Saturday, November 27, 2010

Coming Together Again

Oscar turned ten last week. Ten.  A decade. 

To me that day marked far more than his remarkable growth to the earnest, slender, and well-liked boy that he is. It also marked the 10th anniversary of the scariest day of my life and my survival of this first decade of raising a child with a disability.

I broke down in tears several times during the day, starting with Oscar’s birthday honoring circle held in his 4th grade classroom. Sitting cross-legged on the rug with his teacher, aide and 16 peers, I listened as each offered an appreciation of Oscar.  He’s a friend of animals. He plays with me when I ask. He’s always happy. He’s a hardworking student. He eats lunch and talks with me. He’s teaching me to play basketball.

More than their sweet words I heard the sincerity in their voices. No eyes rolled, and no secret smiles were exchanged.

When it was my turn to honor Oscar, my eyes filled, my nose stung and my voice caught in my throat.  I looked to Oscar who said, “It’s ok Mom”, and so I managed to speak, somehow letting only a few tears fall. I told Oscar I was proud of him, and then I honored his classmates for being such supportive and caring friends all these years.  Oscar sat smiling in the special birthday chair nodding in agreement.  Those tears turned to sobs as I left the classroom and could finally let the emotions roll unchecked.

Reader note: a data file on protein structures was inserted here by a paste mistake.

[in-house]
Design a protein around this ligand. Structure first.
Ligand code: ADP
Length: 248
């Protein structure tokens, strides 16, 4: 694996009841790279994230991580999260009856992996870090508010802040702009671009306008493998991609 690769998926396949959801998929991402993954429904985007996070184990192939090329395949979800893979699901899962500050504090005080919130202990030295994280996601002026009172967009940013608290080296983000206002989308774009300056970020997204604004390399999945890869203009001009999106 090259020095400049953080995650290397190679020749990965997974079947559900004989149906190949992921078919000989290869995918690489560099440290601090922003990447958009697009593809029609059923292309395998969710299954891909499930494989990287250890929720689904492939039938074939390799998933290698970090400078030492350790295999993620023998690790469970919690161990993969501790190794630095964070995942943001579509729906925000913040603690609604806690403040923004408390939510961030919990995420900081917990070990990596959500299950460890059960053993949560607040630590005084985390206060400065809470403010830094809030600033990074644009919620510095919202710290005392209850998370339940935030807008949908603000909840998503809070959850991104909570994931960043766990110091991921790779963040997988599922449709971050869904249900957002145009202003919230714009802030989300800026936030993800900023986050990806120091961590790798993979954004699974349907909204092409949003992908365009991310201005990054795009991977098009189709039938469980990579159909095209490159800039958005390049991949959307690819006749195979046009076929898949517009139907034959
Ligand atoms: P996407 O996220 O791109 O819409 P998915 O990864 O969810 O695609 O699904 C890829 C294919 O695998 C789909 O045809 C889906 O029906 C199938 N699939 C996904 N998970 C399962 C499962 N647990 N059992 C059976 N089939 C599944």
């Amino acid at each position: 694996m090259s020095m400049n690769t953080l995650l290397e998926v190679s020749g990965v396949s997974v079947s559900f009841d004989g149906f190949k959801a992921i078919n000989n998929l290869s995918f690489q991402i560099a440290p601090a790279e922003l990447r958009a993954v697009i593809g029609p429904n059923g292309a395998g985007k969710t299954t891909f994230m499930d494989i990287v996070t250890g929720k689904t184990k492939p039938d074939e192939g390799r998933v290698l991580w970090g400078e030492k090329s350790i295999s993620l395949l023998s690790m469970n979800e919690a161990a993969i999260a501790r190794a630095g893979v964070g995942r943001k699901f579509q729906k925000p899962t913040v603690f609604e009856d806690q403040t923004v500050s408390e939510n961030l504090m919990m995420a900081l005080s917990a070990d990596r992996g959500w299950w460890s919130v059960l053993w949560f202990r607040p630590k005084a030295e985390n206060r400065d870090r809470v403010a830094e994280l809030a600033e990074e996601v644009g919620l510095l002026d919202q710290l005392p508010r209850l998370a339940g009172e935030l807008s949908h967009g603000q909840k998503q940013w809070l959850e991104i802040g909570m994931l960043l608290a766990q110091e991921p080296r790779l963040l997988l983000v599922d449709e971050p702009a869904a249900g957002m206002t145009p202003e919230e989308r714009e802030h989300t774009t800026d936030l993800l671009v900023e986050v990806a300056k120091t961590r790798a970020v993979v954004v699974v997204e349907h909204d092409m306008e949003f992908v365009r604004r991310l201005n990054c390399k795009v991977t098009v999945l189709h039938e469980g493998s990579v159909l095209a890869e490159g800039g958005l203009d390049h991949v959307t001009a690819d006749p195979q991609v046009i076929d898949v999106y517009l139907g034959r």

In our PWS support group meeting last weekend I shared more than I have in a long time.  Encouraged by our facilitator, I talked about how I celebrate Oscar on his birthday but I do not celebrate the day of his birth. I talked about how I wanted to mark the passing of this decade with something significant for me, like a hike to the top of a local peak, because so much of my life has been defined by being the mom of a kid with PWS that I don’t know who I am anymore. And I talked about how lonely I feel sometimes.